Withdrawal Rates

Came across a great article about withdrawal rates. What is a withdrawal rate, you ask? Nailing it is the holy grail of financial planners and is in fact the only thing you really care about in retirement. It is the rate at which you withdraw money from your investments.

I say it is the only thing you care about in retirement because it is the actual reason for saving for retirement.  People often forget that having a lump sum (I need a million dollars in the bank to retire!) is mostly pointless. All we really care about is what the lump sum can *do* for you. Primarily, its job is to produce a stream of income that you can live on. We figure out what that stream of income is by looking at what “withdrawal rate” we can support.

I know, the article is from a United Kingdom website. But since we are dealing with percentages, you can just swap pounds for dollars and the ideas hold up. And yes, they compared it to the UK stock market, not the US — but they are close enough to illustrate the point. A couple numbers I’ll pull out:

  • At 3% inflation adjusted, there is only a 40% chance of running out of money after 45 years
  • At 4% inflation adjusted in that same time period, 45 years, sees a chance of 74% of running out of money

Remembering that inflation adjusted just means that the number of dollars you will withdraw every year will go up at the same rate inflation. So, we can translate a $3,000 and $4,000 dollar withdrawal on $100,000 to a 3% and 4% withdrawal rate.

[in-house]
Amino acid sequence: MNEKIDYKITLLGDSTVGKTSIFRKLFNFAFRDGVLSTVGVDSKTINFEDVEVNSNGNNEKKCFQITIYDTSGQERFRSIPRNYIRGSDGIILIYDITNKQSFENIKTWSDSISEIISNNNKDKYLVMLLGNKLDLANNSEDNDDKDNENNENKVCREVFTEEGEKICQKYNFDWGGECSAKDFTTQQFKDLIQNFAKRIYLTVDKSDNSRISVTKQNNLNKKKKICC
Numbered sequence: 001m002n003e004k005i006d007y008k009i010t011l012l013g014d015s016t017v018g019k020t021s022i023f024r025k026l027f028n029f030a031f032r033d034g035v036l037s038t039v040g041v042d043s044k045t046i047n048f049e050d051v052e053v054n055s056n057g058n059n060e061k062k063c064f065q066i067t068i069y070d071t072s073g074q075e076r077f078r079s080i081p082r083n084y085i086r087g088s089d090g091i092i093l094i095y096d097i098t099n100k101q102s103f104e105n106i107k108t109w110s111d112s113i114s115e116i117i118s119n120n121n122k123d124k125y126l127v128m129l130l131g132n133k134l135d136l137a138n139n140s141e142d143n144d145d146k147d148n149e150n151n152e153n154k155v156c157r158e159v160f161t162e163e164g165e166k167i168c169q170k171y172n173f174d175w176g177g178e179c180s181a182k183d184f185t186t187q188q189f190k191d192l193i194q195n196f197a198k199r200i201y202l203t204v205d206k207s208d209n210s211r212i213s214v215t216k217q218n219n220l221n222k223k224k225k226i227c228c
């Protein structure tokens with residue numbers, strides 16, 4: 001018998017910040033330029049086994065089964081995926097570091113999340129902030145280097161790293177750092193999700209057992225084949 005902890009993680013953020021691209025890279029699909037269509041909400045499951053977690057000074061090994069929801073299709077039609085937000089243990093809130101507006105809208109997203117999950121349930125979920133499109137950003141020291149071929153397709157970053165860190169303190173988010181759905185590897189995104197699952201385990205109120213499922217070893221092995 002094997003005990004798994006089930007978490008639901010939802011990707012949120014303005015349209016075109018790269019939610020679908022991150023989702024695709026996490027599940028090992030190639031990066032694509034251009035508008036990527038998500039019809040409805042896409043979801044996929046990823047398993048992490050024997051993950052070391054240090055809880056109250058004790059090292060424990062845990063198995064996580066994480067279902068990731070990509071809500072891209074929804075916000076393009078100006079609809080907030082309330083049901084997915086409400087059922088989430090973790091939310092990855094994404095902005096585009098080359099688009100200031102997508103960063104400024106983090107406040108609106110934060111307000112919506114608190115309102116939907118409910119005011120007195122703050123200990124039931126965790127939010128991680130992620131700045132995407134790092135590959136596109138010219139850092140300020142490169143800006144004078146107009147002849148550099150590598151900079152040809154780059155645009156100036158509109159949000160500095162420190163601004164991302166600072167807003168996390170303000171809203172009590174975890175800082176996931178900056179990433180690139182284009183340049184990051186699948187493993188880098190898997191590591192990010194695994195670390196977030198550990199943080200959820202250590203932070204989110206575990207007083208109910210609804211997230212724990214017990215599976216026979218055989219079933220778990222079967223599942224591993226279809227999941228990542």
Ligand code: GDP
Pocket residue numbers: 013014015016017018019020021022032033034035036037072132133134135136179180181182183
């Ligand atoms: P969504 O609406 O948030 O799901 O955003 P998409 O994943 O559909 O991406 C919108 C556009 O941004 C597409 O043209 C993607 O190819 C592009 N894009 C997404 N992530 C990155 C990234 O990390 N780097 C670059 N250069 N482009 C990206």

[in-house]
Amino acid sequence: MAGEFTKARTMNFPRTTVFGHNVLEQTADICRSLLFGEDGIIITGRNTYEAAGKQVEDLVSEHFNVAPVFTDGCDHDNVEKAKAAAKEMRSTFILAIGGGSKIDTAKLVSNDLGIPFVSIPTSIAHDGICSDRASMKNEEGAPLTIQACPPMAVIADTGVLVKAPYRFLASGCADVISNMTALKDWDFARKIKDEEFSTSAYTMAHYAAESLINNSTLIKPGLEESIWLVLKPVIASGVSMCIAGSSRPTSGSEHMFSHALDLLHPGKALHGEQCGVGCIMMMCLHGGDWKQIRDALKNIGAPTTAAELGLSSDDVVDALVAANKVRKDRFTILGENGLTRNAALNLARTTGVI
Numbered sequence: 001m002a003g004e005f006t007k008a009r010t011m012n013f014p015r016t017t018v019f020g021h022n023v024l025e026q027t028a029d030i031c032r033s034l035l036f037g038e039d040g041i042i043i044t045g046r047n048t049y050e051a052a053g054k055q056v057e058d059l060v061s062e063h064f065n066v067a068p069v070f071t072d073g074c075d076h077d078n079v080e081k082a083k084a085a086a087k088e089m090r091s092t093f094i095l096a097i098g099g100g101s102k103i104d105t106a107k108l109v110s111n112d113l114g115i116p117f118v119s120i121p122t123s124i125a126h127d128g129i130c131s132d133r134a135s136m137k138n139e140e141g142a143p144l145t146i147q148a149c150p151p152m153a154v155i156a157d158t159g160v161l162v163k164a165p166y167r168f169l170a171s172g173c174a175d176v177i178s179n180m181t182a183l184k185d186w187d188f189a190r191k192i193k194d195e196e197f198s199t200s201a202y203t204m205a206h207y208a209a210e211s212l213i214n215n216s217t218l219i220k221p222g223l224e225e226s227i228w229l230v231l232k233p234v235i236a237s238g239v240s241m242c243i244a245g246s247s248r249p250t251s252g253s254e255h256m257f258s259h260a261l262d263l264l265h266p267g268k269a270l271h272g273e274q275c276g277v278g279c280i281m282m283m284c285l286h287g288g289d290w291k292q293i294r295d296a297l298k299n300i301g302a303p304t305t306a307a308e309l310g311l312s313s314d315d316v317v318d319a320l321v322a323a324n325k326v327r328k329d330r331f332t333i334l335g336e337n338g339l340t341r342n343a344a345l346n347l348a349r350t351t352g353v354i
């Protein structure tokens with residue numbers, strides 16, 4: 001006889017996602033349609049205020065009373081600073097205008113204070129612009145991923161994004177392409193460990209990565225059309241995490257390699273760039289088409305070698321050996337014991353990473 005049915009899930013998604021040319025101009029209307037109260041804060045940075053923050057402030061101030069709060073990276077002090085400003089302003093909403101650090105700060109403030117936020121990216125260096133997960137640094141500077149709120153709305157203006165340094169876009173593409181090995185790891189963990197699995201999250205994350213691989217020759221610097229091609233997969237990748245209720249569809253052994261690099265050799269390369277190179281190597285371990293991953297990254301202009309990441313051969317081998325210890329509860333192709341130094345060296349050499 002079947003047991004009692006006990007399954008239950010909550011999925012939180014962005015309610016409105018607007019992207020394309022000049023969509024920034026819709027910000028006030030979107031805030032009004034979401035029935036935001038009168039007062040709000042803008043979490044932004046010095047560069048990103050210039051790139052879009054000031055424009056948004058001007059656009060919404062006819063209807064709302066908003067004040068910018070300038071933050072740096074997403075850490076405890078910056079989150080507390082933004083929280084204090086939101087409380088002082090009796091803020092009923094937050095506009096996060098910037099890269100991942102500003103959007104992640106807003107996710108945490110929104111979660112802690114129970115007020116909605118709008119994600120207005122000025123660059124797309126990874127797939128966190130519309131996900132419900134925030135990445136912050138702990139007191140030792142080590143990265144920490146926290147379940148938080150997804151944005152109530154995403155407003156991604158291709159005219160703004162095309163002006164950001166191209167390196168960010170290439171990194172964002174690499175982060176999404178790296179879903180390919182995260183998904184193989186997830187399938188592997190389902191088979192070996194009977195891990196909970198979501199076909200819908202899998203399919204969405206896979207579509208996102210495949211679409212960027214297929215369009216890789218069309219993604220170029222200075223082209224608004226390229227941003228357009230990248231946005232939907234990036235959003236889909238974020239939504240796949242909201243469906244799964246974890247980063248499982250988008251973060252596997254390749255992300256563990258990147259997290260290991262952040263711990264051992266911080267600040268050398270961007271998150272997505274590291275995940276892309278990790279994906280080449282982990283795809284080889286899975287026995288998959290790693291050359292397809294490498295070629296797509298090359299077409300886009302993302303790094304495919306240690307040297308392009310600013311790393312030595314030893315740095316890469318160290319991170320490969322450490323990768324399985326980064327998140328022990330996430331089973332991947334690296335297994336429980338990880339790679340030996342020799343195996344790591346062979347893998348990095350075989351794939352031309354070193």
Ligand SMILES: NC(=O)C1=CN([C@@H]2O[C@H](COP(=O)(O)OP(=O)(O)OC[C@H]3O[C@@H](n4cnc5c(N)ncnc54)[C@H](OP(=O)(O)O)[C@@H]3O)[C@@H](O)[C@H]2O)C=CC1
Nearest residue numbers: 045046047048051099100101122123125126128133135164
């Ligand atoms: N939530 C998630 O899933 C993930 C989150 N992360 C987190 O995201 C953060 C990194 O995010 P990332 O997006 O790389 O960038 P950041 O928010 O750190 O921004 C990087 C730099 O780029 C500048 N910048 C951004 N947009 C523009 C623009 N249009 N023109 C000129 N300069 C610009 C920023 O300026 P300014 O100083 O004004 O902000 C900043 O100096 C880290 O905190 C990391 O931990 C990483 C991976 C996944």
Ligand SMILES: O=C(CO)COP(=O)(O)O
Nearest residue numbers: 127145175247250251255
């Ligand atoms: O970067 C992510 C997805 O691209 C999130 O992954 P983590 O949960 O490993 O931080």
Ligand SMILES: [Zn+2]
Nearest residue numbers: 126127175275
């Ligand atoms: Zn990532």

“But wait, I’m planning to have more than $100k. And $4,000 a year is not nearly enough to live on!”

Right, but we can use these to back into the numbers we want to know. If we retire at 60 and want to have enough money to live until 100, we would look at the 3% withdrawal rate. It tells us that we have a 40% chance of running out of money. If we want, say $48,000 a year in income, we can just divide it out: $48,000/3% = $1,600,000. If I have $1.6MM in the bank I can take $48k a year for 45 years with a 40% chance of running out of money. If I want to take more, I need to either save more (which has the effect of decreasing the withdrawal rate, $48k/$1.6MM is a larger percentage than $48k out of, say $2MM) or increase my chances of running out of money.

The problem becomes, the default setting here is to do nothing, take what you think you need, and not think about the fact that you are increasing your chances of running out of money. Don’t let that be you! Understand the risks and trade-offs you make with your investment decisions. Every part of your decision affects our main metric “what is the likelihood of running out of money?” What I choose to invest in, how much I take out, when I take it out, how I take it out, etc. All of them play into the planning.

So use this as your rule of thumb and make purposeful decisions!

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